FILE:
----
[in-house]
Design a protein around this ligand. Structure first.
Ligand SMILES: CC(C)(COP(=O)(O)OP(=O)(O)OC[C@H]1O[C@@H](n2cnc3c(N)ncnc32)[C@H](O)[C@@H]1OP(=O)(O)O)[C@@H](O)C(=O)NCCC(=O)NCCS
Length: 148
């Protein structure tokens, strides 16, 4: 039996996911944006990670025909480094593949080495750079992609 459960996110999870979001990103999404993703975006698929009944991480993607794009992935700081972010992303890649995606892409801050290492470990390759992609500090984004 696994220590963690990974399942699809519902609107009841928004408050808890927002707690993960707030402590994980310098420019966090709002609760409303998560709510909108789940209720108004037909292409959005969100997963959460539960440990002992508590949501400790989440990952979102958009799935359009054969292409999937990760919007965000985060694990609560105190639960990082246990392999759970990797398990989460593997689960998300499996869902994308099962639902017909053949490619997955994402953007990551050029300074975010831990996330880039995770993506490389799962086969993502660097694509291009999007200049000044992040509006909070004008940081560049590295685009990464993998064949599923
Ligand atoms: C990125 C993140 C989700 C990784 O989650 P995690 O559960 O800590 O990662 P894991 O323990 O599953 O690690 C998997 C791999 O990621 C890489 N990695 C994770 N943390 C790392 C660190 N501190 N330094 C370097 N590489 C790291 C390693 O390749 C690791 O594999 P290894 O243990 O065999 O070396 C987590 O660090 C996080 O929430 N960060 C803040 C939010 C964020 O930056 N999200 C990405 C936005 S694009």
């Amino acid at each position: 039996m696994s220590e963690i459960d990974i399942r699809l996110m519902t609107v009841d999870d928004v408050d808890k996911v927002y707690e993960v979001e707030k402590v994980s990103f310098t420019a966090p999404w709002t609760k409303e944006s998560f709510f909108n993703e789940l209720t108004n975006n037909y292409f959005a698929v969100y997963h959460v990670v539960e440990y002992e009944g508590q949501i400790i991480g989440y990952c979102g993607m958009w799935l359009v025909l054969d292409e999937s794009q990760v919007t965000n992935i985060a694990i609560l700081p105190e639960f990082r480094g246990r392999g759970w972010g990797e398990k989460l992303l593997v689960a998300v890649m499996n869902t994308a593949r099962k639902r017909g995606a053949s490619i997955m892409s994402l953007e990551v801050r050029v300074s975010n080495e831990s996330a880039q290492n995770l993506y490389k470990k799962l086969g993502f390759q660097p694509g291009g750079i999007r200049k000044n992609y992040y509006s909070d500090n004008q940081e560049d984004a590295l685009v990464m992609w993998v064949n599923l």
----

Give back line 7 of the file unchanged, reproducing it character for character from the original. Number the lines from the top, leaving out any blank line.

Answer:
């Amino acid at each position: 039996m696994s220590e963690i459960d990974i399942r699809l996110m519902t609107v009841d999870d928004v408050d808890k996911v927002y707690e993960v979001e707030k402590v994980s990103f310098t420019a966090p999404w709002t609760k409303e944006s998560f709510f909108n993703e789940l209720t108004n975006n037909y292409f959005a698929v969100y997963h959460v990670v539960e440990y002992e009944g508590q949501i400790i991480g989440y990952c979102g993607m958009w799935l359009v025909l054969d292409e999937s794009q990760v919007t965000n992935i985060a694990i609560l700081p105190e639960f990082r480094g246990r392999g759970w972010g990797e398990k989460l992303l593997v689960a998300v890649m499996n869902t994308a593949r099962k639902r017909g995606a053949s490619i997955m892409s994402l953007e990551v801050r050029v300074s975010n080495e831990s996330a880039q290492n995770l993506y490389k470990k799962l086969g993502f390759q660097p694509g291009g750079i999007r200049k000044n992609y992040y509006s909070d500090n004008q940081e560049d984004a590295l685009v990464m992609w993998v064949n599923l």